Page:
⚡ Blazing fast kubectl completion ⚡

By on ・ completion kubectl à la vitesse de l'éclair ・


You can use cache_builder from kubectl-fzf to speed-up completion and use a systemd unit to start it on login.

The premise

At the time of the writing, my .kube/config has a dozen of clusters configured; some of them are on slow networks. Striking the tab key with kubectl can lead to veeerrrryyy slow completion and freeze the terminal till the completion functions finish.

The solution

A simple web search on kubectl cache led me to that project : https://github.com/bonnefoa/kubectl-fzf ; which uses fzf to search from a cache.

kubectl-fzf can be installed locally or on the target cluster. Since I’m dealing with plenty of ephemeral clusters I opted-in for the local approach.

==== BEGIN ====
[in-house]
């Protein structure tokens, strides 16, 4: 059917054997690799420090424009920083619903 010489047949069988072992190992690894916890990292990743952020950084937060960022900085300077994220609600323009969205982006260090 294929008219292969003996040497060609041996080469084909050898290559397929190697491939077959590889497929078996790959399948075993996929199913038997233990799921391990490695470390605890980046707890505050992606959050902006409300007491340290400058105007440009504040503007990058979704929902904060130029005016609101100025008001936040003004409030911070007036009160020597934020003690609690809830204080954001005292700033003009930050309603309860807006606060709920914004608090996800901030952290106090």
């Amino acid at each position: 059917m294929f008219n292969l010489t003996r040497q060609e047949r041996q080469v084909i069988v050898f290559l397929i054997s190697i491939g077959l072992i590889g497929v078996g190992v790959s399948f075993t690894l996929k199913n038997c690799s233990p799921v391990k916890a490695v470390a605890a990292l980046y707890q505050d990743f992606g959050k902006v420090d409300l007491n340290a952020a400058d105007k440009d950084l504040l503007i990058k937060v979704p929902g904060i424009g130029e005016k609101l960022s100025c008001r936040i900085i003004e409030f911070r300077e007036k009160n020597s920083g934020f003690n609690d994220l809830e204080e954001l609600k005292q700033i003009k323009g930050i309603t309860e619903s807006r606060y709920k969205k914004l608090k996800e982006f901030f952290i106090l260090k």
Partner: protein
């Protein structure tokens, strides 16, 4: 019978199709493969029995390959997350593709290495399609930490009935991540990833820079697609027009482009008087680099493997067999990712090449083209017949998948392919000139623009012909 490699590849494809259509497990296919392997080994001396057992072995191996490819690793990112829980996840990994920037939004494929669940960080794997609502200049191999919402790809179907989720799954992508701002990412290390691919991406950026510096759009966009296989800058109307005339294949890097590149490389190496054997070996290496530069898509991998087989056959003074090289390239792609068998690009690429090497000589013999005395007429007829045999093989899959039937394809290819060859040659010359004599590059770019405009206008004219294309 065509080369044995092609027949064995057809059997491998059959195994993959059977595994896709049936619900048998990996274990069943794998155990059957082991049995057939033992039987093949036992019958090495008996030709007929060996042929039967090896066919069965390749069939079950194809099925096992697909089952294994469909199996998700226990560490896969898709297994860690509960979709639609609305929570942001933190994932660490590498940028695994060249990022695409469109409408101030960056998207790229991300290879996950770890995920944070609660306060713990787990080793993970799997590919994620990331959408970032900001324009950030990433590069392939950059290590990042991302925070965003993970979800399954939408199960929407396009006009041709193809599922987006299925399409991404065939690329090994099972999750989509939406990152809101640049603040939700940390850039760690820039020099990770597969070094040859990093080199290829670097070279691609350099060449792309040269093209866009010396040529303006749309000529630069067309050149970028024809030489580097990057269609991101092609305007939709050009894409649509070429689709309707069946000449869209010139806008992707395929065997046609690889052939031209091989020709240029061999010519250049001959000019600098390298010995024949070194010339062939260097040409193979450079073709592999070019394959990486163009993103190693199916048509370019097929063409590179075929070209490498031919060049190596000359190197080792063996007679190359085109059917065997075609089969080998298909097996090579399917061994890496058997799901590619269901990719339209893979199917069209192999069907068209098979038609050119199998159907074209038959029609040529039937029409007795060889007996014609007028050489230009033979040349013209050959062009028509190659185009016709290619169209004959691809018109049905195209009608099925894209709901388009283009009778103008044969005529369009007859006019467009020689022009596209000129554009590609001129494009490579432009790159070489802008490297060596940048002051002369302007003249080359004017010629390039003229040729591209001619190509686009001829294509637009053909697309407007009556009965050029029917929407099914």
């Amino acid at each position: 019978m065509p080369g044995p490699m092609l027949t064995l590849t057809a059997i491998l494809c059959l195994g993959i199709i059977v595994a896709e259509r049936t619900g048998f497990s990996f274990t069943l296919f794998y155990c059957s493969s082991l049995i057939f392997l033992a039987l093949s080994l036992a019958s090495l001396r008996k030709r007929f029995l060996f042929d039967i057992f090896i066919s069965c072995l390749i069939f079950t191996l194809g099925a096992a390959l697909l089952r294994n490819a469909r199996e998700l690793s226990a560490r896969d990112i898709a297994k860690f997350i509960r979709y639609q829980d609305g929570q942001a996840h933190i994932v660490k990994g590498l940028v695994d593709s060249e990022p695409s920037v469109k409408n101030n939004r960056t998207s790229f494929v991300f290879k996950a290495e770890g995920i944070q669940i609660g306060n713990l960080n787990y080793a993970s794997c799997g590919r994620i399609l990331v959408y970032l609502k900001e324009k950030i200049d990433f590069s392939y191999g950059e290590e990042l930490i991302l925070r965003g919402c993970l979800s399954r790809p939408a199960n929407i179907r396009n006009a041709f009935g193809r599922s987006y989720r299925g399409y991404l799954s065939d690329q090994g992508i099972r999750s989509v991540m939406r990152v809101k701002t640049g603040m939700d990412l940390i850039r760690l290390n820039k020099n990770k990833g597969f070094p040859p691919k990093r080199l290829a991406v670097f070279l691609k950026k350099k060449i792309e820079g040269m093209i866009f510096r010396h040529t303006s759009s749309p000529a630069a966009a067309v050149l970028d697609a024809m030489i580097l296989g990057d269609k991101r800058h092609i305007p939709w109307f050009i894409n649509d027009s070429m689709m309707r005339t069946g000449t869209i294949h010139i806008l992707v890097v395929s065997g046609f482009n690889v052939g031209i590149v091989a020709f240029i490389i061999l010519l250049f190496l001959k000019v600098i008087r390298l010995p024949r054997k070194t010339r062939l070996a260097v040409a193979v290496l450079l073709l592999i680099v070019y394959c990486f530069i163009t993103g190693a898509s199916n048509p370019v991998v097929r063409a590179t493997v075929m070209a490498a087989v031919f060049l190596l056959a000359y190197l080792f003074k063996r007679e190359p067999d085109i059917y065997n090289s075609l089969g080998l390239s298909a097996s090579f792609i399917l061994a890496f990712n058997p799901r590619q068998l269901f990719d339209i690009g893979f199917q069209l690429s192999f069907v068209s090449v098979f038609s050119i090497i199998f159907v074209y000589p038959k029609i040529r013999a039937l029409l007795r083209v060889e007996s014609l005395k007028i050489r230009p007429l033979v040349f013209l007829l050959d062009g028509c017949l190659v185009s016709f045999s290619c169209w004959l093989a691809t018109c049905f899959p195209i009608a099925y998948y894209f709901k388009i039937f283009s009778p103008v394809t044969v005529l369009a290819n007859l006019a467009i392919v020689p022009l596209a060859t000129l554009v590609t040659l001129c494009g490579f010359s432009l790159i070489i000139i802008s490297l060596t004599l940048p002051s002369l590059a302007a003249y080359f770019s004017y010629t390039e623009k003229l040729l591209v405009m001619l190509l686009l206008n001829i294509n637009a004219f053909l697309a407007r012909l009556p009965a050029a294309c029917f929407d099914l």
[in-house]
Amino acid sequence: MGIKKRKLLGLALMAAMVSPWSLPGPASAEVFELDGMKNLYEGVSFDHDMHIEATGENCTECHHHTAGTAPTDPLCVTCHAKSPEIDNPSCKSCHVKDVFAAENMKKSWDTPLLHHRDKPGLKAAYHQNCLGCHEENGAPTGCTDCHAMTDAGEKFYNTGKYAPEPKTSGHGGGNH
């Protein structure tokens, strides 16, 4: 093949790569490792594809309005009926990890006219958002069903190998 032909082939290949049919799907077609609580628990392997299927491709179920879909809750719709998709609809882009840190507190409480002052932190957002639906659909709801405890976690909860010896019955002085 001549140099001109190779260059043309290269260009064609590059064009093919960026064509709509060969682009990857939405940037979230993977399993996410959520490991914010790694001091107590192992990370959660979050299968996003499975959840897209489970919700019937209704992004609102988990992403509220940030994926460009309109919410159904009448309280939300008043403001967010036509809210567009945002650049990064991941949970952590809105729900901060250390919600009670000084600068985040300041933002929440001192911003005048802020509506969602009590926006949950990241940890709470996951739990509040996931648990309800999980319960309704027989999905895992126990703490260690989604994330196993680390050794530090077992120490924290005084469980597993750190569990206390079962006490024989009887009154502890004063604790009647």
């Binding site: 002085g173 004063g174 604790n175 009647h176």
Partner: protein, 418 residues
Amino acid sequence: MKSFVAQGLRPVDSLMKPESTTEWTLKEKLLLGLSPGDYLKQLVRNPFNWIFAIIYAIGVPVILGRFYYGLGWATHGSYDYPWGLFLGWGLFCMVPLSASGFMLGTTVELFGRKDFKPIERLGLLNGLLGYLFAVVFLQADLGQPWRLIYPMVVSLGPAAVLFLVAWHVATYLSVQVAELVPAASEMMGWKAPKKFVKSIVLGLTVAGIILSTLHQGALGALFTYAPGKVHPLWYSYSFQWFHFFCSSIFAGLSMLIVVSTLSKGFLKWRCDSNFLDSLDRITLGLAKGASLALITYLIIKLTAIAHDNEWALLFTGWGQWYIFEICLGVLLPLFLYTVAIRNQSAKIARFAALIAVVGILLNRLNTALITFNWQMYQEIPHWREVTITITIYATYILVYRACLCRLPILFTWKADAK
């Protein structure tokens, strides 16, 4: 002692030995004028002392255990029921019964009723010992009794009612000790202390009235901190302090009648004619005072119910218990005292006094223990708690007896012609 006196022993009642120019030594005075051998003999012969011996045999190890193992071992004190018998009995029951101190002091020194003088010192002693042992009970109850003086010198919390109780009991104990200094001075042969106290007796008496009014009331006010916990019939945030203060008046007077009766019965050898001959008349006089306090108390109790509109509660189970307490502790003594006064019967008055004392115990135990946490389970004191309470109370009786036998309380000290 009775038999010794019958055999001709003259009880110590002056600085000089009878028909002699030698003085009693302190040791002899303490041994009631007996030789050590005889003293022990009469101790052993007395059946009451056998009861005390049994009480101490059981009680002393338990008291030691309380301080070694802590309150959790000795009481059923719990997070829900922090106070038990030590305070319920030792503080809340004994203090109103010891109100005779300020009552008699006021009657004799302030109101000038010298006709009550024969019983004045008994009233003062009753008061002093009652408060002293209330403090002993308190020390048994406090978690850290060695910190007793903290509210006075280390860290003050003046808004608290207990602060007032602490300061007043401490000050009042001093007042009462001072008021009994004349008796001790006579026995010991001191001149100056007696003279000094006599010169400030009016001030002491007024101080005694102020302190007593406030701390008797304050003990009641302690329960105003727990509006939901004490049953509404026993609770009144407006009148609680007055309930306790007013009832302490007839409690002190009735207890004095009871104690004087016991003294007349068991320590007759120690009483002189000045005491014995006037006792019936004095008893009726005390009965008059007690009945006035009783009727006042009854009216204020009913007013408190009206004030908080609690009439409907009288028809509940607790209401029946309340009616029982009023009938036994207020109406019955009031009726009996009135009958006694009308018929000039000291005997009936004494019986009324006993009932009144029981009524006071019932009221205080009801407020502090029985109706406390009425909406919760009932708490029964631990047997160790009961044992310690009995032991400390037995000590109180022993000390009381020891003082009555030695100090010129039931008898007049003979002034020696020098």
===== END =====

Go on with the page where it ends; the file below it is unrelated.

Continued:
The two twists I’m adding to the standard installation process documented here are:

1. Load kubectl-fzf as an oh-my-zsh plugin:

To do so just copy kubectl_fzf.plugin.zsh under ~/.oh-my-zsh/plugins/kubectl_fzf.

And replace the first line to put the cache in the home directory:

sed -i '1 [email protected] [email protected] KUBECTL_FZF_CACHE=$HOME/tmp/[email protected]' ~/.oh-my-zsh/plugins/kubectl_fzf

2. Add a systemd service for the local user:

To help building the cache as soon as I log in.

To do so you can add the following config to : $HOME/.local/share/systemd/user/cache-builder.service

As you can see, systemd prefers Specifiers over environment variables like $HOME or $USER.

Now comes the time to enable our cache-builder service

systemctl --user enable cache-builder.service
systemctl --user restart cache-builder.service
systemctl --user status cache-builder.service

systemctl --user restart cache-builder is useful to force rebuilding the cache when you switch kubeconfig for example.


The cache_builder from kubectl-fzf, fzf itself & systemd are !

There is still plenty to tune in each of these modules like & non-exclusively :